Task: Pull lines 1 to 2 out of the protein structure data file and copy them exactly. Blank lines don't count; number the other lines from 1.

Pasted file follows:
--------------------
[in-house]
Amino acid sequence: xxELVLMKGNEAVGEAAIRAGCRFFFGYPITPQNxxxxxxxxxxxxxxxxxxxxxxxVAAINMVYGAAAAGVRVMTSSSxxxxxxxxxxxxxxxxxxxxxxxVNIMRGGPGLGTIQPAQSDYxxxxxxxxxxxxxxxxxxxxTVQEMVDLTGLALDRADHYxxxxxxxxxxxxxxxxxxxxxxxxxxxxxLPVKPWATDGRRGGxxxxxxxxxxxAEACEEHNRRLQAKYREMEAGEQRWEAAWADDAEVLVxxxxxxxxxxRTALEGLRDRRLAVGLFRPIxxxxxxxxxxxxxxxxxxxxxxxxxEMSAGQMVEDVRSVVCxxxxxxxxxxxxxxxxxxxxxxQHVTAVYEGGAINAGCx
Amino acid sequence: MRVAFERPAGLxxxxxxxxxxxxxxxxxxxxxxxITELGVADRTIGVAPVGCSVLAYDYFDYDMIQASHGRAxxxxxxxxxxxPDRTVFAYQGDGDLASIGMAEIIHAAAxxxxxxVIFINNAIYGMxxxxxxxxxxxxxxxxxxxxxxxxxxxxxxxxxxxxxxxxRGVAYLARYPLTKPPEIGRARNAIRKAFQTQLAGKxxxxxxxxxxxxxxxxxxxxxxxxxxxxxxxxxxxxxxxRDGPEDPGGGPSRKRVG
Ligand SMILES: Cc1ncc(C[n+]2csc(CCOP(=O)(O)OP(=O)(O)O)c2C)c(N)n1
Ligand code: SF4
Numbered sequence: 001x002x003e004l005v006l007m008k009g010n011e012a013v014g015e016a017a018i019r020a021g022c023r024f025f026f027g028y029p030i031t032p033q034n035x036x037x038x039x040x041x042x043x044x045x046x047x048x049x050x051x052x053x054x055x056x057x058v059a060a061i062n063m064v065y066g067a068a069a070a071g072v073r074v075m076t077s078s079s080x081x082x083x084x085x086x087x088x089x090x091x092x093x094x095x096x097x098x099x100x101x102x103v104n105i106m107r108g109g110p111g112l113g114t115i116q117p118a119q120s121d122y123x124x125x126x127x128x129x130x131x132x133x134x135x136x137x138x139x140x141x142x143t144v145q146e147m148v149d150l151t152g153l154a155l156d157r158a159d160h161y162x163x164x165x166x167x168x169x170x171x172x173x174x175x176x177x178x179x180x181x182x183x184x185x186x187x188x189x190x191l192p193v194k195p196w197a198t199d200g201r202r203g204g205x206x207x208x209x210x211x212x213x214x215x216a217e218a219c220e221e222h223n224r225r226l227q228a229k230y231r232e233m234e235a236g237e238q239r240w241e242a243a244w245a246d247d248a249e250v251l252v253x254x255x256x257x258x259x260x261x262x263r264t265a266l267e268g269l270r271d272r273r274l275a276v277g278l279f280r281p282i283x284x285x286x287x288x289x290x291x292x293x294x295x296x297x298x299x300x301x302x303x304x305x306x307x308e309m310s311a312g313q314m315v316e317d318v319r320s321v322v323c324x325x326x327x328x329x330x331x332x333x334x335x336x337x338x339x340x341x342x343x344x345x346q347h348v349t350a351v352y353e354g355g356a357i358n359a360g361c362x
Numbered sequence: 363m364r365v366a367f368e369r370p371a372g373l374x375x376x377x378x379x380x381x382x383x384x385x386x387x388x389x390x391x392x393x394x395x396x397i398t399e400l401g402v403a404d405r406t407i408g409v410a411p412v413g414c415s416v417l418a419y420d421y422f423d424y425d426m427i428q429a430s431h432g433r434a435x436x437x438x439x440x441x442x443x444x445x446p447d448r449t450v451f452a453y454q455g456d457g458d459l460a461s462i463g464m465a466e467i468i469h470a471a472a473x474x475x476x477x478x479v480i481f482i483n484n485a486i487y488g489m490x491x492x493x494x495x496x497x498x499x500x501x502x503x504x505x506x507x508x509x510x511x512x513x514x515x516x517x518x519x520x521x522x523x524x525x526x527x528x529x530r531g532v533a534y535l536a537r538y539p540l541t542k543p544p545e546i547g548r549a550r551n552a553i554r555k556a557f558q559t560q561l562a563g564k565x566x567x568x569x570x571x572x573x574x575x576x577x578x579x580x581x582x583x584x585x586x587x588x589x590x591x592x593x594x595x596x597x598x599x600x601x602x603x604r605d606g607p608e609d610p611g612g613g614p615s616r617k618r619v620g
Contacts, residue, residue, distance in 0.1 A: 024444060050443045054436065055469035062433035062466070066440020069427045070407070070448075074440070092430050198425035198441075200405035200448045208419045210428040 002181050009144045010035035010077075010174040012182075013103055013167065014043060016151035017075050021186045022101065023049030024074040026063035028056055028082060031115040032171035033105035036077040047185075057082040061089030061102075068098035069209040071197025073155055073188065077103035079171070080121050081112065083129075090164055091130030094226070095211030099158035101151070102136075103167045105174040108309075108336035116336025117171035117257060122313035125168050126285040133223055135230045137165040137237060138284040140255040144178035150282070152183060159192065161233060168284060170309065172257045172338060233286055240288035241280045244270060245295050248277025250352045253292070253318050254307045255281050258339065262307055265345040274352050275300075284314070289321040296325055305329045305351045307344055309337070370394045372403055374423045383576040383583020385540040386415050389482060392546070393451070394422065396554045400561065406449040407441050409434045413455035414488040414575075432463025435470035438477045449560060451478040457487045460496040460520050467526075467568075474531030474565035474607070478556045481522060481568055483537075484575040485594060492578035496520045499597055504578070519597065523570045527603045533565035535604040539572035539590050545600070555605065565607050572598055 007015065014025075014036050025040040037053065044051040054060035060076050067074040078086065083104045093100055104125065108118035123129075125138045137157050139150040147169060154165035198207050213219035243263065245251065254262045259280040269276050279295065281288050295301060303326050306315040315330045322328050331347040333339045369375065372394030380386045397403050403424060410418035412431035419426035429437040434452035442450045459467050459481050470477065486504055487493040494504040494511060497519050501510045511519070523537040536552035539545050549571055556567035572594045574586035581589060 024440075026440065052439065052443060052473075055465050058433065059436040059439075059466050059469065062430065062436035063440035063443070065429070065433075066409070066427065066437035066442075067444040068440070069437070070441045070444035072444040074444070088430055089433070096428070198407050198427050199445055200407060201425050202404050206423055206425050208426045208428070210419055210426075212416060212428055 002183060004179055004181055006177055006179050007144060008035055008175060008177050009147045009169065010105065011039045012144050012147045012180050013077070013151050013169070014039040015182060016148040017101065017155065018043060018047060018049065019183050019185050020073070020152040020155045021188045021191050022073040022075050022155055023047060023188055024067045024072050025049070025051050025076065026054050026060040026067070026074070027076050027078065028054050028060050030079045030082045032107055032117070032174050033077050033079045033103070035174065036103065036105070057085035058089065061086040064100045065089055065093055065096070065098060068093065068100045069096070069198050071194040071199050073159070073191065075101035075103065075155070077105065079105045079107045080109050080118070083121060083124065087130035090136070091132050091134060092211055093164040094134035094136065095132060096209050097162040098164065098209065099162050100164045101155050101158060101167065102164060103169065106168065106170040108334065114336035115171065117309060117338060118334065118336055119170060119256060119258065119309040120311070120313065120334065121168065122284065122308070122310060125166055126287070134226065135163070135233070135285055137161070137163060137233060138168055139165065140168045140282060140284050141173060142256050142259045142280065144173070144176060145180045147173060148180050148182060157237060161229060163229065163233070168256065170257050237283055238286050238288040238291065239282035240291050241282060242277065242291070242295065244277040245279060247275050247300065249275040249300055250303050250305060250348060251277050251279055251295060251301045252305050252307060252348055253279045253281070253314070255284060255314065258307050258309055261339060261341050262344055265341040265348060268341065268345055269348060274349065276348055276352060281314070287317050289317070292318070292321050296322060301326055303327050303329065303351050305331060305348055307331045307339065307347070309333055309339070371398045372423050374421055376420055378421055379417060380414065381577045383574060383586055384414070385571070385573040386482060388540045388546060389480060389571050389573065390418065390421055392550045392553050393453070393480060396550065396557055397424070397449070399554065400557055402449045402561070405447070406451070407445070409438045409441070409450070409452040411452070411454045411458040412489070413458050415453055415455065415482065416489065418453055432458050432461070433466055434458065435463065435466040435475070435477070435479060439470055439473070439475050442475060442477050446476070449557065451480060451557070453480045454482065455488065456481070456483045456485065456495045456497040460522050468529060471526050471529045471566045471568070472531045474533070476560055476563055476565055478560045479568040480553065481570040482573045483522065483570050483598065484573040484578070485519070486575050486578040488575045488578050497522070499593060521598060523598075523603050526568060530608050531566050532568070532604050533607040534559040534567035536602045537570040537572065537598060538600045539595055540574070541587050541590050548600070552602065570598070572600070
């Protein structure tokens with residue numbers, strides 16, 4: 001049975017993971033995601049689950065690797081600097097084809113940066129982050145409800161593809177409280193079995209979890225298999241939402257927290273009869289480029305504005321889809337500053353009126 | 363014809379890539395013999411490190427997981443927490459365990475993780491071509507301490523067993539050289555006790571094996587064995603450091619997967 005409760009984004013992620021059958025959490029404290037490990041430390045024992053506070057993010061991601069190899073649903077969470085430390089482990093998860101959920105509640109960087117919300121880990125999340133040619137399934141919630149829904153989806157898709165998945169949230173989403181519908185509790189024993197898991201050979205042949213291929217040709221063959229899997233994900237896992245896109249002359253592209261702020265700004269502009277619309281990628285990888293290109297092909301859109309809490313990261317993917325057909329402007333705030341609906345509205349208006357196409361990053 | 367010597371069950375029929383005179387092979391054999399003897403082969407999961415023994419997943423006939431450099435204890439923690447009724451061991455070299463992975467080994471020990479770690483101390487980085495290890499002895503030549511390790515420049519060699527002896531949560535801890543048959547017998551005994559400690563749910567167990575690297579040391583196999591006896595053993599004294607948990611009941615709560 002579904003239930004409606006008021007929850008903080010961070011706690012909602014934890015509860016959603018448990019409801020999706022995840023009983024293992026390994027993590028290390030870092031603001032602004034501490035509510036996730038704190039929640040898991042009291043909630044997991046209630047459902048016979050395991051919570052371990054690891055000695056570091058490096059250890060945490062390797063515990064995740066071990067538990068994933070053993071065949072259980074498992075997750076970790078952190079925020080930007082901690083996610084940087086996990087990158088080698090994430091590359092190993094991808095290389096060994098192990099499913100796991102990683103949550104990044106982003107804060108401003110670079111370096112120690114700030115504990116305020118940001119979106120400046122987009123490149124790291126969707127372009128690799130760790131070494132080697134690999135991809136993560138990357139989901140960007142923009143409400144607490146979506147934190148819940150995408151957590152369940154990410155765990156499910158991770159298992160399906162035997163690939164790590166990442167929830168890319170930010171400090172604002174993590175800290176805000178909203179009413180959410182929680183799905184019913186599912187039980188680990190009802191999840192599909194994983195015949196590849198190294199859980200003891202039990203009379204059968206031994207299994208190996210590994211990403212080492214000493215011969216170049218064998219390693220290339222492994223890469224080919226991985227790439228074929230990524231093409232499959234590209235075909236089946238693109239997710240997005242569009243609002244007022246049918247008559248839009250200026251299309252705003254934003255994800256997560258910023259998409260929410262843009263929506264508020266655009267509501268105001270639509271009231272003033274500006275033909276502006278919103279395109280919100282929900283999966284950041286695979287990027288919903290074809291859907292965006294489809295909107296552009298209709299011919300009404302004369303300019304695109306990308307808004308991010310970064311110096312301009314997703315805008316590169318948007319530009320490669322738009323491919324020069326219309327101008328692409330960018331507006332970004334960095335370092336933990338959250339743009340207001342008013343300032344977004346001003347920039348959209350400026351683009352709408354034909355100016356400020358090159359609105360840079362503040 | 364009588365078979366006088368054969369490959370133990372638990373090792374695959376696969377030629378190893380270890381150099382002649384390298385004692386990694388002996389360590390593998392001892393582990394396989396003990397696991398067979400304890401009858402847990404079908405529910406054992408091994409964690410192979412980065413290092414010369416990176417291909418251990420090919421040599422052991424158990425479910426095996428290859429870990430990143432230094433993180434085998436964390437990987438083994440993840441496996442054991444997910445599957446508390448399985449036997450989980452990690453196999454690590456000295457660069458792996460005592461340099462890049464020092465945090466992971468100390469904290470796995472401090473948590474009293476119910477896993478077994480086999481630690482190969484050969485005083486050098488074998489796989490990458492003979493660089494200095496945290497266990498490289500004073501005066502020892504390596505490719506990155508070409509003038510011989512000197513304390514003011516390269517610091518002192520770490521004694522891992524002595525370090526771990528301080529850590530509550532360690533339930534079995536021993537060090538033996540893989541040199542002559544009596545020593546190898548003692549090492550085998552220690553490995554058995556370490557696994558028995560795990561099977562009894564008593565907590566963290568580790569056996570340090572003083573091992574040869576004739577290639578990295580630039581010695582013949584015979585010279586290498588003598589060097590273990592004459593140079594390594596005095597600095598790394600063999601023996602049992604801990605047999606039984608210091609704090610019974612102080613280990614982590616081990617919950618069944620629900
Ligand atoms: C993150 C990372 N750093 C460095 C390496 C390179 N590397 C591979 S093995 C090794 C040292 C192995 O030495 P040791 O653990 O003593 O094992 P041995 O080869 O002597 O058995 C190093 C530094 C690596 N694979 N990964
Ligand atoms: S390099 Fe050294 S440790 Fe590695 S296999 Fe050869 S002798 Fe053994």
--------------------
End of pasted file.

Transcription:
[in-house]
Amino acid sequence: xxELVLMKGNEAVGEAAIRAGCRFFFGYPITPQNxxxxxxxxxxxxxxxxxxxxxxxVAAINMVYGAAAAGVRVMTSSSxxxxxxxxxxxxxxxxxxxxxxxVNIMRGGPGLGTIQPAQSDYxxxxxxxxxxxxxxxxxxxxTVQEMVDLTGLALDRADHYxxxxxxxxxxxxxxxxxxxxxxxxxxxxxLPVKPWATDGRRGGxxxxxxxxxxxAEACEEHNRRLQAKYREMEAGEQRWEAAWADDAEVLVxxxxxxxxxxRTALEGLRDRRLAVGLFRPIxxxxxxxxxxxxxxxxxxxxxxxxxEMSAGQMVEDVRSVVCxxxxxxxxxxxxxxxxxxxxxxQHVTAVYEGGAINAGCx